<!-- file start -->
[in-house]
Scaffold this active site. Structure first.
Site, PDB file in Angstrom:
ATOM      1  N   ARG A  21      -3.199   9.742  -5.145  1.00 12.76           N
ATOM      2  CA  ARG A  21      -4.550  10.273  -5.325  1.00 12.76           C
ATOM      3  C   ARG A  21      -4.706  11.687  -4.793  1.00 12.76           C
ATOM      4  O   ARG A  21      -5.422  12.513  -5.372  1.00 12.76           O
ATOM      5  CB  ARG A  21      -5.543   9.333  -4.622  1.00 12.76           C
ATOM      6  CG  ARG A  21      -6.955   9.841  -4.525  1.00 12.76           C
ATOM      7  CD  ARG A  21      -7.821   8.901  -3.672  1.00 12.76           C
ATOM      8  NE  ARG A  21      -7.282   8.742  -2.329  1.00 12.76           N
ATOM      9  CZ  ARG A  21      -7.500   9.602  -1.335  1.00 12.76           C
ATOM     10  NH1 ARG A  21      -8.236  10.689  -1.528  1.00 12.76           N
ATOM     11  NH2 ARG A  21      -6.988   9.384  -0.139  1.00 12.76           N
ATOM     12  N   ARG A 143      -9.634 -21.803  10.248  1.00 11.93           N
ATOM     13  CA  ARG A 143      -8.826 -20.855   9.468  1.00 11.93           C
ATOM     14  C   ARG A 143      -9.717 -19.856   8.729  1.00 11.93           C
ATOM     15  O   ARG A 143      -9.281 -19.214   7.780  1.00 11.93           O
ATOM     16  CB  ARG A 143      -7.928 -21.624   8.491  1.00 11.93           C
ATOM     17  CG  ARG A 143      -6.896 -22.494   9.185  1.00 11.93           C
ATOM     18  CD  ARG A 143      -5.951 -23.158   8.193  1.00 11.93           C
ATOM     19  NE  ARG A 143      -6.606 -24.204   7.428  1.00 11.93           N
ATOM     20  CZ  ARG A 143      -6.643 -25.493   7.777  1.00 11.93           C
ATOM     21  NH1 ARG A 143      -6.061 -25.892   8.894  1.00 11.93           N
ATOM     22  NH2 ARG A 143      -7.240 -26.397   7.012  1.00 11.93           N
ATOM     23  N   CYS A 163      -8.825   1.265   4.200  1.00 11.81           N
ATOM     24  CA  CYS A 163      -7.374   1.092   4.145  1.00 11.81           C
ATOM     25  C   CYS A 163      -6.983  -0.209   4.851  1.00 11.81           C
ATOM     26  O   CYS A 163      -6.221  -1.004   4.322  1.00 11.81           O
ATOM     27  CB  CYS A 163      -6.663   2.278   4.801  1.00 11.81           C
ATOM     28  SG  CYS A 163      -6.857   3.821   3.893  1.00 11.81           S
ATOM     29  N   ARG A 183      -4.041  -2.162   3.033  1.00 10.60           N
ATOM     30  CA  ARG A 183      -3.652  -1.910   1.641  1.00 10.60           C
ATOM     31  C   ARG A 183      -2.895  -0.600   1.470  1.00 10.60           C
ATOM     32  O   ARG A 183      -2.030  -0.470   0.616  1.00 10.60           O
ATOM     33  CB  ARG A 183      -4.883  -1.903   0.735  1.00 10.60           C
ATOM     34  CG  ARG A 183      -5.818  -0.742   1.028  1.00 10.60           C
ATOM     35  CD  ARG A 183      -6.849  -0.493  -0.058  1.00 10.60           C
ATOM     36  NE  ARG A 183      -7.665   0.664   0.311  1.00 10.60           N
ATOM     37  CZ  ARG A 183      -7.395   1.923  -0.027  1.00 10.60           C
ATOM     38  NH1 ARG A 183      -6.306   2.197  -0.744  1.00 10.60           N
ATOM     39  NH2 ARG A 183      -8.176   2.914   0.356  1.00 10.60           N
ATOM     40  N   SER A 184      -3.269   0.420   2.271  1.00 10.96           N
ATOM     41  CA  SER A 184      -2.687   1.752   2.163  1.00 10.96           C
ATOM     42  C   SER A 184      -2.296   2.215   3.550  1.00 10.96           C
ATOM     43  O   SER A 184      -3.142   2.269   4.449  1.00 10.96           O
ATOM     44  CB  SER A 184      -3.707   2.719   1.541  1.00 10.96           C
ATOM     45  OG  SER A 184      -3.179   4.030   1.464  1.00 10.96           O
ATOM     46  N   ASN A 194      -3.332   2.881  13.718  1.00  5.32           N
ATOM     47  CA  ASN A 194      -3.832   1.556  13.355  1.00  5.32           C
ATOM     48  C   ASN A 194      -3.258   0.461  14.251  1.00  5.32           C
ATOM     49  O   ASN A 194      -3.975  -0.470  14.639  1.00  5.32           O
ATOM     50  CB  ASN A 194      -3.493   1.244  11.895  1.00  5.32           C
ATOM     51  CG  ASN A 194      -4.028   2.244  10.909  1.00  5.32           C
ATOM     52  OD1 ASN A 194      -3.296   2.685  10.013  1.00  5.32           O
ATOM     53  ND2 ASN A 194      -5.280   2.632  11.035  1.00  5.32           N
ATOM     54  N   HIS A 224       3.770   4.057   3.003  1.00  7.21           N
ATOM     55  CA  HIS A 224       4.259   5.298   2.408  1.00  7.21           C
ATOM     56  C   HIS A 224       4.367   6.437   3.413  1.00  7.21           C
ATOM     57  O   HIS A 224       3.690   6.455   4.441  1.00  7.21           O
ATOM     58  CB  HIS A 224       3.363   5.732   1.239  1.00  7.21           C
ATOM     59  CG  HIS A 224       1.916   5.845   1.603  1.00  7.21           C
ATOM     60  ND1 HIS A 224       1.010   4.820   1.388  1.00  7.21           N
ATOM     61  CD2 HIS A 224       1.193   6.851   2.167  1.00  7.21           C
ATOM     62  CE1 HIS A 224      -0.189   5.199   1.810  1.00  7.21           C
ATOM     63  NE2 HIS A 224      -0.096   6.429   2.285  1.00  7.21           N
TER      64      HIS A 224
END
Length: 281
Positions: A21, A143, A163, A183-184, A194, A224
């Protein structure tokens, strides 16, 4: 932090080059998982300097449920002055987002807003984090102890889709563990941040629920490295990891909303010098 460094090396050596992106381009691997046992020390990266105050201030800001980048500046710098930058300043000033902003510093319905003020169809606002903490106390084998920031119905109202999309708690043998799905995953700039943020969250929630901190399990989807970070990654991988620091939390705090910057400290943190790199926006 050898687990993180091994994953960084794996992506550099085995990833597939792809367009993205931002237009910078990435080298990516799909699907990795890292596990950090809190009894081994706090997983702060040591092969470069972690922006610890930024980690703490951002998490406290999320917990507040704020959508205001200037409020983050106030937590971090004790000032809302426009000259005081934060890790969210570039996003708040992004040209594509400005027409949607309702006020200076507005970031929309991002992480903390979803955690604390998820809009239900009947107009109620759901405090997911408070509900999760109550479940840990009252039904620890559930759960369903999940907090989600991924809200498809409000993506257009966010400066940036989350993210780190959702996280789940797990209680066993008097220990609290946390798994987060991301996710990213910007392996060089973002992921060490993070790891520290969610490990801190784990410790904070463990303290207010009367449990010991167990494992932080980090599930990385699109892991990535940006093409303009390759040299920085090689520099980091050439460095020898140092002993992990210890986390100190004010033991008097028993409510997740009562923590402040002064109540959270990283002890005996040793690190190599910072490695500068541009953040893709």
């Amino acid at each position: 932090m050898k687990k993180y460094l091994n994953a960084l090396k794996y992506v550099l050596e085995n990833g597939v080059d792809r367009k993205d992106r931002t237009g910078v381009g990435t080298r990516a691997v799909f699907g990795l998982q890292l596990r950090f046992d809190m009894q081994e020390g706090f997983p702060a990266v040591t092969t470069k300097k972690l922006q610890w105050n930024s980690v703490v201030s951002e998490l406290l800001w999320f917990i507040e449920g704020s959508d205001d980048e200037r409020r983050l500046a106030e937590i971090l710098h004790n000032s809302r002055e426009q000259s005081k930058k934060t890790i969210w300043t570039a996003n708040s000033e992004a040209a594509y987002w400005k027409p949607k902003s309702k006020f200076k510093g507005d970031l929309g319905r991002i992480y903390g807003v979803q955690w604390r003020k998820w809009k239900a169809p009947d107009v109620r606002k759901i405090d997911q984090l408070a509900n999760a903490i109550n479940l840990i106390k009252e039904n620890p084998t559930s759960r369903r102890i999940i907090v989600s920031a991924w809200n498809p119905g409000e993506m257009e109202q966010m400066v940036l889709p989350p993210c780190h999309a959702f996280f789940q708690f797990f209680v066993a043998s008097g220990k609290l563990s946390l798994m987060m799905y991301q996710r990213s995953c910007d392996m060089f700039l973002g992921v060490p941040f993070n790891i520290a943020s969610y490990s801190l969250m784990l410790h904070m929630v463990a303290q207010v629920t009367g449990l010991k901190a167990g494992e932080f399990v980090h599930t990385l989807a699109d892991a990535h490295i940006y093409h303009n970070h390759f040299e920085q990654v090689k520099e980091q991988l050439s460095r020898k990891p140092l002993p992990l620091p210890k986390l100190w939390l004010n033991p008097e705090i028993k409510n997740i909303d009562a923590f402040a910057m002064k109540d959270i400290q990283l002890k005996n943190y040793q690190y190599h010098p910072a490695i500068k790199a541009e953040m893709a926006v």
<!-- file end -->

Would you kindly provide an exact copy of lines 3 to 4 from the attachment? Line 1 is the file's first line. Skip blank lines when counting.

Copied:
Site, PDB file in Angstrom:
ATOM      1  N   ARG A  21      -3.199   9.742  -5.145  1.00 12.76           N